"How is a special military operation different from a war? You can stop a military operation at any time. You cannot stop a war; it ends with victory or defeat. What I am saying is that there is a war going on and we have no right to lose it. We must not panic now. We need a complete mobilisation of the country. We need completely different laws."

Russian Communist Party spokesman Alexander Yushchenko explained that Zyuganov was referring to the mobilisation of the economy and the political system, not the population.

But, in fact, the CPRF Duma deputy Mikhail Matveev proposed that governors and legislators enlist in the army as volunteers, saying Matveev that as governor of the Khabarovsk region he would go to Ukraine as a volunteer, but that he could not because he had no right to leave his important post. Incidentally, the residents of the Khabarovsk region submitted a petition proposing to "help the governor fulfil his dream of joining the fighting in the Donbass", which has been signed today, 20 September 2022, by 46,735 people.

In Russia, however, criminal cases have been brought against individuals under the offences of pouring "forgeries" and "discredit" on the Army, using part 2 of Article 207.3 of the Criminal Code of the Russian Federation.

Interestingly, on July 8, 2022, Alexei Gorinov, a municipal deputy of the Krasnoselsky district of Moscow, was sentenced to 7 years in a penal colony based on the article on "falsifications" about the military. According to investigators, the politician made a series of statements "with false information about the Russian Armed Forces" during a meeting of the Council of Deputies. Gorinov called the "special military operation" in Ukraine a "war" and spoke of the death of Ukrainian children. Something that until now by legal imperative did not happen, nor was it a war.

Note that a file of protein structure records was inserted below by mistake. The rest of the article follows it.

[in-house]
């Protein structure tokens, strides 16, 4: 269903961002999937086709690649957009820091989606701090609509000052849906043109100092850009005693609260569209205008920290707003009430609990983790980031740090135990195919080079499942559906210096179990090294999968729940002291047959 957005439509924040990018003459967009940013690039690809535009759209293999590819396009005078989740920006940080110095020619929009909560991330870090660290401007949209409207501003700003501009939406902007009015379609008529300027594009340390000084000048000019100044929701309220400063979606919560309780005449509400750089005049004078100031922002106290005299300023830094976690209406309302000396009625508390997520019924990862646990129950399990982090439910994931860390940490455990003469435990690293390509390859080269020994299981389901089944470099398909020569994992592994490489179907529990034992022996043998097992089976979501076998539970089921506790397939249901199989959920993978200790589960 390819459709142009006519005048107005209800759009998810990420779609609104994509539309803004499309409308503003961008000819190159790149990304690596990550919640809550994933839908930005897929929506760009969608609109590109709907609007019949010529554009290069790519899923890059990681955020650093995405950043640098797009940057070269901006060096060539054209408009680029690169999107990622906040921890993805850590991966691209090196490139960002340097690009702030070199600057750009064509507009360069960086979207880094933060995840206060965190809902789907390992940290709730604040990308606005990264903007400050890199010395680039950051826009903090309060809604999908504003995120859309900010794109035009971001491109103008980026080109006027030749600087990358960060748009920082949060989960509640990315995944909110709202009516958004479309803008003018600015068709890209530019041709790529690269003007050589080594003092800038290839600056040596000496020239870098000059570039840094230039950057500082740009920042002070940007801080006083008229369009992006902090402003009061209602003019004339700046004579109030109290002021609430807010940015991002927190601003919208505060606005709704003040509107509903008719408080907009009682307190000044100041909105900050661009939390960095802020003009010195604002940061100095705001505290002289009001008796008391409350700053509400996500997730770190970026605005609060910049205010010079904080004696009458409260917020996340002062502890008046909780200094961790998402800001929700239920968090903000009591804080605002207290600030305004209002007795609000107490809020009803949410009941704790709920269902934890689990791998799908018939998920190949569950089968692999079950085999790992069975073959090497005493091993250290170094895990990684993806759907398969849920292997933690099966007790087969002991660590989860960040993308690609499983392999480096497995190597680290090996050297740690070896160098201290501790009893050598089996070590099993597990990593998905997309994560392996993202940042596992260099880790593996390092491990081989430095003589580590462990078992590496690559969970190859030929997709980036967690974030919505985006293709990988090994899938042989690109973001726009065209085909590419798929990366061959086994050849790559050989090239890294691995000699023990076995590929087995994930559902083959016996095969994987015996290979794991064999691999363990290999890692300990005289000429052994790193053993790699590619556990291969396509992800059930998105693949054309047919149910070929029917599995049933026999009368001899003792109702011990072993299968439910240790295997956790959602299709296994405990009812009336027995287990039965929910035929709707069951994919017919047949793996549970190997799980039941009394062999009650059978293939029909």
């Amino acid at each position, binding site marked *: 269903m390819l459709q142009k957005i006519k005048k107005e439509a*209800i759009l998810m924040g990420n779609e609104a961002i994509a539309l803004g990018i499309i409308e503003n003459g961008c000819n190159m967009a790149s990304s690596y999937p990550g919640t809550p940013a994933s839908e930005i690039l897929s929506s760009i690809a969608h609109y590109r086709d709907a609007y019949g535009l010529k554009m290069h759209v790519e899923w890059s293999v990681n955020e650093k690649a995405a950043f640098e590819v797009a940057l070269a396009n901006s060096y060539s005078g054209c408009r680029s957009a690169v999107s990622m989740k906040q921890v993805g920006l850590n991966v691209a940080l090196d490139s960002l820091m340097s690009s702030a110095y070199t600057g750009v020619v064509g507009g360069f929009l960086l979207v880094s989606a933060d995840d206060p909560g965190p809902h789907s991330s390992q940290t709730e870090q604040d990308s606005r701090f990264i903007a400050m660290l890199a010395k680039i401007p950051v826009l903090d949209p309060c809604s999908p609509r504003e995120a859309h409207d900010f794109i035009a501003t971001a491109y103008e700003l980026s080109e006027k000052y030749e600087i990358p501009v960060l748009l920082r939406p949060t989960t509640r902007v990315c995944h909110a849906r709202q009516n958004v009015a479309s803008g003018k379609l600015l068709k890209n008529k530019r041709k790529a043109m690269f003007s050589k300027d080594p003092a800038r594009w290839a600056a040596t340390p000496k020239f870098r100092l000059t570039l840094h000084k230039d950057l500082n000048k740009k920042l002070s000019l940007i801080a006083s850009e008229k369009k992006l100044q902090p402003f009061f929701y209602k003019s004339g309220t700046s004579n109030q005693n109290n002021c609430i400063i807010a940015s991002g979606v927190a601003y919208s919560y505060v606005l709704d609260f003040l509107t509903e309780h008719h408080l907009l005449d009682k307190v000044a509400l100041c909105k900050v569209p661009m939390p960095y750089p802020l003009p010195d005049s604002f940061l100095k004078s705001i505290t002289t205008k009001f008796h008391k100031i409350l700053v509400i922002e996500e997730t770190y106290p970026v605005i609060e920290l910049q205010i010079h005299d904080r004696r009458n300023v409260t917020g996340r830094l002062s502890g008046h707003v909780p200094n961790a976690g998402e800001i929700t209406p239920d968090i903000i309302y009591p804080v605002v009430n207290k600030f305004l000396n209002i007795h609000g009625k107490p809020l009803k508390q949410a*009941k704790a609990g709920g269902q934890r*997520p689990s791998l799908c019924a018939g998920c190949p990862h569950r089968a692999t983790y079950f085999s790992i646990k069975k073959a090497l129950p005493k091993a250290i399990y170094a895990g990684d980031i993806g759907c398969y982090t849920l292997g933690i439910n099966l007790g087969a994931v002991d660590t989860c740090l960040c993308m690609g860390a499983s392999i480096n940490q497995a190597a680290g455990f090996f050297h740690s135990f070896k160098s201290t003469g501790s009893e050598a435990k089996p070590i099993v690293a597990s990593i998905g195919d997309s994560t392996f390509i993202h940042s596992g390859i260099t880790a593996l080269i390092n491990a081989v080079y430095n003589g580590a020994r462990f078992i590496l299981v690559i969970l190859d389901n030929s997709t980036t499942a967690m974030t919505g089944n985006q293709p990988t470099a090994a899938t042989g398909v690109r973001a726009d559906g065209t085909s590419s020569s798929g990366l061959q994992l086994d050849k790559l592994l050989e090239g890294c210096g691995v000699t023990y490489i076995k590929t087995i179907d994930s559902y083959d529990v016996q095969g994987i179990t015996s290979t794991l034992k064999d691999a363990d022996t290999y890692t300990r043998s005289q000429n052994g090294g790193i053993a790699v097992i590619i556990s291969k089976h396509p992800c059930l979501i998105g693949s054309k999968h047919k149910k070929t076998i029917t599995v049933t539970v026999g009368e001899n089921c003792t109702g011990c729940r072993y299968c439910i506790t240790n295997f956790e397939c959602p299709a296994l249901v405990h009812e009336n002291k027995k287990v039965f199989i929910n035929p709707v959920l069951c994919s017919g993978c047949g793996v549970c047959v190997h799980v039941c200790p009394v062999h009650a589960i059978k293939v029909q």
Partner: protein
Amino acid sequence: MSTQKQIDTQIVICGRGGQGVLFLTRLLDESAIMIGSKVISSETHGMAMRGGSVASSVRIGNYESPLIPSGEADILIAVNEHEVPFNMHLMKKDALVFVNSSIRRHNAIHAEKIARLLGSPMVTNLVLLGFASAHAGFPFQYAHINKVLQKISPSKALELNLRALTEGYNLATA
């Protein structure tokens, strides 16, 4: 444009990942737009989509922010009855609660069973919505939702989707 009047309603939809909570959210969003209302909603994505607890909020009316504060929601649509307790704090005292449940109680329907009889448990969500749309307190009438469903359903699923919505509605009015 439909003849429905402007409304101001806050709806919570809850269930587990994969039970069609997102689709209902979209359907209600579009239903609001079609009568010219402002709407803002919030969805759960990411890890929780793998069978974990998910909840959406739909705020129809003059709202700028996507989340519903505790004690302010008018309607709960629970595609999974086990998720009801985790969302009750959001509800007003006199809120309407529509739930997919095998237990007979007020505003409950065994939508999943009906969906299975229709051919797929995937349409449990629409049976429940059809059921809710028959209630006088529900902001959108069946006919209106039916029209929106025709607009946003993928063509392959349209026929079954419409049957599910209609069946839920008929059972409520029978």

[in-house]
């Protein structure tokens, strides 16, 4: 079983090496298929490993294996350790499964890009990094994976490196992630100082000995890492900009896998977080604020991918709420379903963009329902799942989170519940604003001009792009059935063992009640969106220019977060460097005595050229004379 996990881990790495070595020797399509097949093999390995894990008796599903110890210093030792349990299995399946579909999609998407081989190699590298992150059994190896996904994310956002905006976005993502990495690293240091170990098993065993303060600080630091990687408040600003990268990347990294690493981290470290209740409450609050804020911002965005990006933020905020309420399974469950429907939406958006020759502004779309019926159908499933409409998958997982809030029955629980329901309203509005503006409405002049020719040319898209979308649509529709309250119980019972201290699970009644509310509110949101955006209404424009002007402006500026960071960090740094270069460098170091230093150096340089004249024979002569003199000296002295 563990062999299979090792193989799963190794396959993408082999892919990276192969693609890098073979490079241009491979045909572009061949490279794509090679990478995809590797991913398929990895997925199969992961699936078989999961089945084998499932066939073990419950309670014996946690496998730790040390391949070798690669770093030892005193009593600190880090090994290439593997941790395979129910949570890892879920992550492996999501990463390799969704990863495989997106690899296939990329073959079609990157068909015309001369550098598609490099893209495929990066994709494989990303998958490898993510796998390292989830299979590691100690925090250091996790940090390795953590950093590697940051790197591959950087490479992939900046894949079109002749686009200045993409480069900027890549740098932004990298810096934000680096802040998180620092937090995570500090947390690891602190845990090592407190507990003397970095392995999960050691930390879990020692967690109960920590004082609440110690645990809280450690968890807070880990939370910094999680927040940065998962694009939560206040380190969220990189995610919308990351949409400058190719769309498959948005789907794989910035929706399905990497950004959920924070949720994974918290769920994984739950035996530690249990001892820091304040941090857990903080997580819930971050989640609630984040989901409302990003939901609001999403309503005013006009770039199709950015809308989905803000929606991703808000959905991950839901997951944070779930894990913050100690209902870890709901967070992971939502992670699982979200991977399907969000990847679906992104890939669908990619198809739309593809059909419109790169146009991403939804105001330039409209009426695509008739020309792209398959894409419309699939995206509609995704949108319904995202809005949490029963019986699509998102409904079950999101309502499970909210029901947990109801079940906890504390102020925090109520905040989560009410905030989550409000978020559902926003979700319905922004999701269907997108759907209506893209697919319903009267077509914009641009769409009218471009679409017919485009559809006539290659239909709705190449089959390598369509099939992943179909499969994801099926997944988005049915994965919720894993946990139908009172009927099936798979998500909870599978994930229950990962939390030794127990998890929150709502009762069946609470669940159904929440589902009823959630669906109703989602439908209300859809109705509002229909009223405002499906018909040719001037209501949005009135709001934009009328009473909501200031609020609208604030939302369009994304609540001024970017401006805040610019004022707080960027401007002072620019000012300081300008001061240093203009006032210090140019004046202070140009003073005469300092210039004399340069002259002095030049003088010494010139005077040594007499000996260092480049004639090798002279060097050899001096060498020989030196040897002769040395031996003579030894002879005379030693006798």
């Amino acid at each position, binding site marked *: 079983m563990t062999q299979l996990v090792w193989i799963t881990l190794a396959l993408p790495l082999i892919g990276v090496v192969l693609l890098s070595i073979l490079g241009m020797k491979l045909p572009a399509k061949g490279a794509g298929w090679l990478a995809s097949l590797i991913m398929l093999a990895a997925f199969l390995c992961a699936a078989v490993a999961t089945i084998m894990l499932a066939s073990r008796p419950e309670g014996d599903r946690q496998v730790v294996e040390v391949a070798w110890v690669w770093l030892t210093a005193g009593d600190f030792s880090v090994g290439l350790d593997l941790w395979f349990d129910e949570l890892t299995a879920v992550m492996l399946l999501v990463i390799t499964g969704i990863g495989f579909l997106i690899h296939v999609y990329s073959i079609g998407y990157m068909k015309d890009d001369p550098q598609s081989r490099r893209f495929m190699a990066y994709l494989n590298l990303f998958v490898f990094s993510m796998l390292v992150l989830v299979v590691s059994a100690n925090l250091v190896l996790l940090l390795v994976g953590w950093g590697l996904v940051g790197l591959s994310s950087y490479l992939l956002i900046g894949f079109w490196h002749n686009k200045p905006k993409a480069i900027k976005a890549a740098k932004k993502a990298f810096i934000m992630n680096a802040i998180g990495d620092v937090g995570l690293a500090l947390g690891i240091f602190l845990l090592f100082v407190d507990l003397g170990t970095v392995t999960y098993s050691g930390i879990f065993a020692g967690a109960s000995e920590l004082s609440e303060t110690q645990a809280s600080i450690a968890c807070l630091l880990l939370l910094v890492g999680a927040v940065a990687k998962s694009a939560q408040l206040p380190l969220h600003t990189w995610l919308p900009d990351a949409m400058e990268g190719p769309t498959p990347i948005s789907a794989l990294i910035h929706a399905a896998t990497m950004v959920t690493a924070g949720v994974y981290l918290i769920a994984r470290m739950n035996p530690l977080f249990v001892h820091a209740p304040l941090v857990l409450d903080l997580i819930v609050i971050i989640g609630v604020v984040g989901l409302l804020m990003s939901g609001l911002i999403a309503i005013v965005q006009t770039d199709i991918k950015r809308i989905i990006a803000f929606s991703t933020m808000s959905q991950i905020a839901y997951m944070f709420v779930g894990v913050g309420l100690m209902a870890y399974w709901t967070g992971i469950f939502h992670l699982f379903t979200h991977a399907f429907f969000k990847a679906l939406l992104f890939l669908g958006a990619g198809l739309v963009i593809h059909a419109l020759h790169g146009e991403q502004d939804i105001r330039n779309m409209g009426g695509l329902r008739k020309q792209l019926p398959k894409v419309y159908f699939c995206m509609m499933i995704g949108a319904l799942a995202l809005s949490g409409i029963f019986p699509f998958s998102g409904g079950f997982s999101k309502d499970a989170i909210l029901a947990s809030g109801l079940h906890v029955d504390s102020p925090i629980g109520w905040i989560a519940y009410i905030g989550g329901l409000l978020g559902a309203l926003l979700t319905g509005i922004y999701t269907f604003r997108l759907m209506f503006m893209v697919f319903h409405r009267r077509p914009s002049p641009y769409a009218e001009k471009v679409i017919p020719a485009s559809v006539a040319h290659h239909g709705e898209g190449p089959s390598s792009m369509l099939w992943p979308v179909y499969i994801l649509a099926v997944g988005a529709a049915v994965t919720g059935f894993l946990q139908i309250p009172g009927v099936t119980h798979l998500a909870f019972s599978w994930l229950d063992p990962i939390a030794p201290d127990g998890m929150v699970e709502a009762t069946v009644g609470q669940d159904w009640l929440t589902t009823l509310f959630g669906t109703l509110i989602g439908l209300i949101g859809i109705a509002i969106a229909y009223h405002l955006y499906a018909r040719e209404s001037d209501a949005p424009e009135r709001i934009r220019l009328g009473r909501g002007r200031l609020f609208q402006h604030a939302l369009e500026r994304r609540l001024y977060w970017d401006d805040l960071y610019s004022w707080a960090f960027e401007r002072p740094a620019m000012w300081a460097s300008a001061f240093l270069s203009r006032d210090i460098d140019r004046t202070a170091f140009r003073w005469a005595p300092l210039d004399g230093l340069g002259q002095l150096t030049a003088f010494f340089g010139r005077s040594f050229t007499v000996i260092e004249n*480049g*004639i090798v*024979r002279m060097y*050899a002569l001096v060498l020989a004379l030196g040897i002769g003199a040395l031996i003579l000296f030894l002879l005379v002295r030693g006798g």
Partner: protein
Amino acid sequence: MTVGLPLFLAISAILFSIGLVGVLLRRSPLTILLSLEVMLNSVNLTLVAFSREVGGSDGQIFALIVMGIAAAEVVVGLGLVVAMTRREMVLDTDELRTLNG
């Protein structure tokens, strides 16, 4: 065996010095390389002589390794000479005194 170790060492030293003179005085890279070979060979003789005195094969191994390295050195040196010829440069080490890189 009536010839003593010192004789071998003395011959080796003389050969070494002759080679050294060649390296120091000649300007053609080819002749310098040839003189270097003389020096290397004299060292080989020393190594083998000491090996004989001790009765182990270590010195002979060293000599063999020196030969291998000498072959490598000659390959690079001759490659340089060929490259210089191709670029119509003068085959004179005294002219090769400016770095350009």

In the end, the passage of this bill paves the way for general mobilisation and begins to make it clear that Ukraine turns out to be a war. The rouble-denominated MOEX stock index fell 8.7% to its lowest point since 16 August, while the dollar-denominated RTS stock index plunged 9.2%.

In an interview with the Kyiv Post, Major General Vadym Skibitskyi, representative of the Ukrainian Defence Ministry's General Intelligence Directorate, also commented on the Russian moves.

It seems that if this goes according to plan we could see Russian Electronic Warfare on the move and other weapons in the Russian arsenal, of a different type, as I said... we could be getting close to tactical nuclear weapons.